This is the most disastrous interview I’ve ever seen in my life. The sheer patience of Gayle King here is remarkable. I don’t know why Miya Ponsetto’s lawyer didn’t step in and end this disaster. pic.twitter.com/P2XHiuBlLQ
— Charlotte Clymer 🏳️🌈 (@cmclymer) January 8, 2021
Notice how Miya Ponsetto…
– can’t even say “Black”
– feels completely comfortable being downright disrespectful to Gayle King
– professes to be too innocent to be racist
– is indignant about having done no wrong
This IS racism in action. https://t.co/UQk713rgci
— Adrienne Lawrence (@AdrienneLaw) January 8, 2021
Clearly not understanding why she was in the wrong for her targeted attacked, Ponsetto also tried to claim that accusing “a guy” about a phone isn’t a crime.
“I’m a 22-year-old girl, racism? How is one girl accusing a guy about a phone a crime? Where is the context in that? What is the deeper story here?,” she said. “Yeah. The footage shows me attacking [Keyon Harrold’s] son. Attacking him, how? Yelling at him? Yes. I apologise, can we move on?”
The second-half of the interview, released yesterday, paints Miya Ponsetto in an even worse light. In this interview, Ponsetto still peddles this idea that 14-year-old Keyon Jr. did steal her phone — and better yet, that the Harrold family are only “claiming” the child is 14 and that she’s “just as a kid at heart as he is”.
“The hotel did end up having my phone… so, maybe it wasn’t [Keyon Jr.] but at the same time, how is it that as soon as I get asked to leave the premises after I had accused this person of stealing my phone, all of a sudden [the hotel] miraculously have my phone when I come back?” she questioned. “And it didn’t seem as if my accusations really bothered the son and the father because they were just enjoying a nice meal right after this whole encounter.”
The cherry on top, however, was easily Miya Ponsetto’s claims that she simply can’t be racist because she’s a person of colour herself.
“I wasn’t racial profiling whatsoever, I’m Puerto-Rican. I’m, like, a woman of colour. I’m Italian, Greek, I’m Puerto-Rican,” she tried to justify. Confused and seeking clarity, Gayle King asked, “You keep saying you’re Puerto-Rican, does that mean you can’t be racist because you’re saying you’re a woman of colour?”
“Exactly,” Ponsetto confidently replied. “Well, I disagree with that. People of colour can be racist, too,” King sighed.
— paolette (@deviIette) January 11, 2021
We have more of our exclusive interview with Miya Ponsetto, the 22-year-old who allegedly attacked & falsely accused a Black teen of stealing her phone.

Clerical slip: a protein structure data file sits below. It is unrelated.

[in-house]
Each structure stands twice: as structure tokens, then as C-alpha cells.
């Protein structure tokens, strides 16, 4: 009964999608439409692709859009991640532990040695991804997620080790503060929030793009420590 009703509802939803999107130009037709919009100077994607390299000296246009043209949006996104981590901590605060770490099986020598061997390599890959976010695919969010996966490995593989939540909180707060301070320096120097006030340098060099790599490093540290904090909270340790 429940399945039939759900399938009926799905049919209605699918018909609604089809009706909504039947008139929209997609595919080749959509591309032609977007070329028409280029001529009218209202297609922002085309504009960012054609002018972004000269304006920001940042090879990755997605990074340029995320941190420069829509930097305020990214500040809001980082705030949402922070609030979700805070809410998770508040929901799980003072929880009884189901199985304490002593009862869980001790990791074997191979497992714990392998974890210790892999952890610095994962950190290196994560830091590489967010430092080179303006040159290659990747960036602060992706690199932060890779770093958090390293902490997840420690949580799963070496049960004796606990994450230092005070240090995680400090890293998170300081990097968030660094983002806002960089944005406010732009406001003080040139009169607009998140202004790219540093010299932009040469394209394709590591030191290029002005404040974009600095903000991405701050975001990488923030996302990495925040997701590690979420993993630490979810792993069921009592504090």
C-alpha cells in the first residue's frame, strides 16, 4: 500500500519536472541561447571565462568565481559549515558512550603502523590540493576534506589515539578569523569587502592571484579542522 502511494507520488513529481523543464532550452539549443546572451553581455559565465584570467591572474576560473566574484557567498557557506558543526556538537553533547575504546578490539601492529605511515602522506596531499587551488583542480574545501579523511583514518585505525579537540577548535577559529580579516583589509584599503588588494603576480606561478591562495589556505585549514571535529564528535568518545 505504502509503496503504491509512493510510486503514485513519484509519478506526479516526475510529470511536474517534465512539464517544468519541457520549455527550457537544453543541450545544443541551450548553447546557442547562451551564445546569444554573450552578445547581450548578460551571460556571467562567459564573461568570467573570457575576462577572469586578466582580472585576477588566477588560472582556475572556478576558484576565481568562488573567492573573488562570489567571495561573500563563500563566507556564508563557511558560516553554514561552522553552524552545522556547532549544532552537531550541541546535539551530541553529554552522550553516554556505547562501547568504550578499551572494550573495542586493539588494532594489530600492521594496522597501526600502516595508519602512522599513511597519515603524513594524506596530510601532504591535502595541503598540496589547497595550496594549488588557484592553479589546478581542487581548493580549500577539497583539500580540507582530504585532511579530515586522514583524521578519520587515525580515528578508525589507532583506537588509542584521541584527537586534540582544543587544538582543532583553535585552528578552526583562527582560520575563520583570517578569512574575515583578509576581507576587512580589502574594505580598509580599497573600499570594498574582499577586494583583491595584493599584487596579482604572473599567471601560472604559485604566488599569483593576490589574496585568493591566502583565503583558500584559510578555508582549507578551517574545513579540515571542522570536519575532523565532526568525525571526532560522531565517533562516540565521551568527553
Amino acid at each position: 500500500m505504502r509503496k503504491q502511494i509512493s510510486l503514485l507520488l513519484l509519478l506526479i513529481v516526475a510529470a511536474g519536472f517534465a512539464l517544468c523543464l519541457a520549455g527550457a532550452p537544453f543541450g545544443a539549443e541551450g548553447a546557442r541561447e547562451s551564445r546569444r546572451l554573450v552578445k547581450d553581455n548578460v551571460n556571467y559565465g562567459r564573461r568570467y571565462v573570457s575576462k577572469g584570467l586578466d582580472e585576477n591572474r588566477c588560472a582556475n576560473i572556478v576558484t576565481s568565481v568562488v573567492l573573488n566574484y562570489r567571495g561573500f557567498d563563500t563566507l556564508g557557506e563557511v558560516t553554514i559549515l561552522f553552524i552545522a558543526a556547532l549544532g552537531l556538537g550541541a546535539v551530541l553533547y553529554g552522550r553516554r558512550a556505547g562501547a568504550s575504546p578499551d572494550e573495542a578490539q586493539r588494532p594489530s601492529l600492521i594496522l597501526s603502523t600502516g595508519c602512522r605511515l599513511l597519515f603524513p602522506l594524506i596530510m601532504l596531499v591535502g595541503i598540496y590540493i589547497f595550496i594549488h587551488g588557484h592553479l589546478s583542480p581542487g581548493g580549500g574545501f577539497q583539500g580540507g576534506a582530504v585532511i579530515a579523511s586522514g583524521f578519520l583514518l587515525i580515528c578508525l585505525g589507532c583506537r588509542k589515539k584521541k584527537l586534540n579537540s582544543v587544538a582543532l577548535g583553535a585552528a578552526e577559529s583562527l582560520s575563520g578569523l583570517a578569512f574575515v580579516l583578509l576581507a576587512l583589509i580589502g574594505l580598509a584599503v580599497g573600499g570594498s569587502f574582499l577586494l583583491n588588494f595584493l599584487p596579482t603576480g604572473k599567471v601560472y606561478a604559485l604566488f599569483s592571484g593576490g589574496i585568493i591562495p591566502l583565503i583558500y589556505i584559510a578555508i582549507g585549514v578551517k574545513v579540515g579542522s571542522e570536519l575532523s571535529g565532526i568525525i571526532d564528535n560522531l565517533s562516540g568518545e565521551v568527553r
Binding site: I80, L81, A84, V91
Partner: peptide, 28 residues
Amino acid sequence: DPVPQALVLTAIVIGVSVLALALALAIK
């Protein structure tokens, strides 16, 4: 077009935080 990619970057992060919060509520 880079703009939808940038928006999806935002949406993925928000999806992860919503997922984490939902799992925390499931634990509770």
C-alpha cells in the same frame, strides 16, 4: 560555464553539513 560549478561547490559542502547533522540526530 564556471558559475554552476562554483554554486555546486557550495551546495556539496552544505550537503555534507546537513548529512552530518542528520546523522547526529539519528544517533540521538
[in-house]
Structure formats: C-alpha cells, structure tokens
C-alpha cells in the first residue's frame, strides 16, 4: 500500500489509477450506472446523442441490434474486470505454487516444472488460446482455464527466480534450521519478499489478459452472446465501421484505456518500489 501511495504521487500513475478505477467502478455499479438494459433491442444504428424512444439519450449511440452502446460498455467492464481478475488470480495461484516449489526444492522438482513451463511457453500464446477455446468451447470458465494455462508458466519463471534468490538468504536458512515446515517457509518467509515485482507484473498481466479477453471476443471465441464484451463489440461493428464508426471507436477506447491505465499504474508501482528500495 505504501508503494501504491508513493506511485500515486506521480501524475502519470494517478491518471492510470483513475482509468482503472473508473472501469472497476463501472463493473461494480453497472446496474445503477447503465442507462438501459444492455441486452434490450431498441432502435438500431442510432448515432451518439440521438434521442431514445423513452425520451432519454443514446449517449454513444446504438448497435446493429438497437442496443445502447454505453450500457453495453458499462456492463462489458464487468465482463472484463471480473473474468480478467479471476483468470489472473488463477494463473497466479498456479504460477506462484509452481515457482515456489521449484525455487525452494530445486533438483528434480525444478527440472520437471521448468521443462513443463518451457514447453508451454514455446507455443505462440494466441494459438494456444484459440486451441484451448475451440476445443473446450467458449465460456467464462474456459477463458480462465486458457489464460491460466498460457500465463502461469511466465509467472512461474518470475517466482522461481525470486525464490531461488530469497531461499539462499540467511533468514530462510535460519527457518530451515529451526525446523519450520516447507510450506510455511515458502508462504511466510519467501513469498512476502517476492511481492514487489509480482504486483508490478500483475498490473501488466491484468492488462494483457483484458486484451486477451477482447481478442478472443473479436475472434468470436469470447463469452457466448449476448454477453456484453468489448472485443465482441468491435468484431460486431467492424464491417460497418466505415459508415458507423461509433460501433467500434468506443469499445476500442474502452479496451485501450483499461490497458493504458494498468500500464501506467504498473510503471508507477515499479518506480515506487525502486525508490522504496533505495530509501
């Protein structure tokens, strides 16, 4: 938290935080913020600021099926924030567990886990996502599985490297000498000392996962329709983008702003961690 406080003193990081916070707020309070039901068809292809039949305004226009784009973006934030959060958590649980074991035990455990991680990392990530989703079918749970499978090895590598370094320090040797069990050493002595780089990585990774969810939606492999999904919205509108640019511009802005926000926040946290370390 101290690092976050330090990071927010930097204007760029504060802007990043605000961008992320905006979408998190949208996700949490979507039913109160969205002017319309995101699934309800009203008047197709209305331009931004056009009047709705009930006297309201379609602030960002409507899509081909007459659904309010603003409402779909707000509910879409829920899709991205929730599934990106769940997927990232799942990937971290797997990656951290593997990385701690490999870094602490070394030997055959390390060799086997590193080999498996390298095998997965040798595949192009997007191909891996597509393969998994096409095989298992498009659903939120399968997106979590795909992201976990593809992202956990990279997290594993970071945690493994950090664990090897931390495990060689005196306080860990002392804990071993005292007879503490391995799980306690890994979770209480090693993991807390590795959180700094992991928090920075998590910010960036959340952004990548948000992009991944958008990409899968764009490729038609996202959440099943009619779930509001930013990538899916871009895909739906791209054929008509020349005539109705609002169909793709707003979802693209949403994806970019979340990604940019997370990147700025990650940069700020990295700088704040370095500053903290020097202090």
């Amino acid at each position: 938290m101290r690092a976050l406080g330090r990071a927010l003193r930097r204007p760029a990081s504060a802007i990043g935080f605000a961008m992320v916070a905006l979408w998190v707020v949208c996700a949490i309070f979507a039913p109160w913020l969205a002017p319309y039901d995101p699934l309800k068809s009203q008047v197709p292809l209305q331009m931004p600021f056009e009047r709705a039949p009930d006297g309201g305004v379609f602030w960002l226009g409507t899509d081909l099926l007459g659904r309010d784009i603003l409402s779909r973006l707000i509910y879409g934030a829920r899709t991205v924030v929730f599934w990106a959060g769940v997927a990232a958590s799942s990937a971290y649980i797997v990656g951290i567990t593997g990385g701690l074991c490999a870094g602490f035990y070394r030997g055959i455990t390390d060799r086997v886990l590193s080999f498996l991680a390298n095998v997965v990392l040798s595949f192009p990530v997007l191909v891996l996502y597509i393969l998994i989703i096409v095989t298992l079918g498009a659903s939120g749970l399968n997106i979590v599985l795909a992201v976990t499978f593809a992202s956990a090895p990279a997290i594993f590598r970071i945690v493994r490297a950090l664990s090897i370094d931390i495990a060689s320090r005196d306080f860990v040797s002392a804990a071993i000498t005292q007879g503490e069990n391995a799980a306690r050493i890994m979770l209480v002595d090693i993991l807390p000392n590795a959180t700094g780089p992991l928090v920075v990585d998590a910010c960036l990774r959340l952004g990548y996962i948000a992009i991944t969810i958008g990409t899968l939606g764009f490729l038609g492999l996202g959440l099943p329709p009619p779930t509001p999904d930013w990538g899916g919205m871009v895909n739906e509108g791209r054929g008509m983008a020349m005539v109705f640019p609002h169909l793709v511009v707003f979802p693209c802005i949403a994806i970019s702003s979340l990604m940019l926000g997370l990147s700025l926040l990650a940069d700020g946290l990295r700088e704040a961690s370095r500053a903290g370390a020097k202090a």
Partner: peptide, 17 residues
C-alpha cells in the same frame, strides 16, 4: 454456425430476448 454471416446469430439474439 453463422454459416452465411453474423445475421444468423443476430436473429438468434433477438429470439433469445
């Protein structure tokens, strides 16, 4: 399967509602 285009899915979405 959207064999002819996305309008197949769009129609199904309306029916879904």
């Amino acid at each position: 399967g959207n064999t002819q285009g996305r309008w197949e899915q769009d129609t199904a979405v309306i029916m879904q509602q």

@GayleKing spoke w/ Ponsetto before her arrest last week. Despite public outcry, she insists race has nothing to do with it. pic.twitter.com/IypfNUz8b7
— CBS This Morning (@CBSThisMorning) January 11, 2021
While Karens have traditionally been older white women, as we saw with Central Park Karen who falsely reported a Black bird watcher to the police after she refused to leash her dog, people like SoHo Karen are particularly dangerous.
The issue with people like Miya Ponsetto is that people of colour tend to think that because they’re not white, they are automatically absolved from racism. But just as Black people can be racist towards Asians, and Asians can be racist to those from the Middle-East, Latinas, like Ponsetto, can very well be racist towards Black people — as she was with her actions to Keyon Harrold and his son.
Told y’all about that “POC” shit lol https://t.co/2BzdpHL2xh
— Brother Ahmaad (@MaadyNYC) January 11, 2021
Plus, it’s quite alarming to see someone as young as Ponsetto at 22, being hell-bent on not taking accountability for her actions and being unable to see why her actions were wrong.
Ponsetto trying to justify her actions by saying that she, as an adult, is “just as a kid at heart as” the literal child she assaulted is insulting. Similarly, Ponsetto attempting to claim that she is just as “traumatised” as the 14-year-old that she racially profiled and physically attacked is disgusting. And Ponsetto’s inability to apologise without trying to rationalise each of her actions with excuses is extremely disappointing.
But above all, what is most scary about SoHo Karen is that this instance proves that truly anyone can be a Karen, not just middle-aged white women determined to speak to the manager.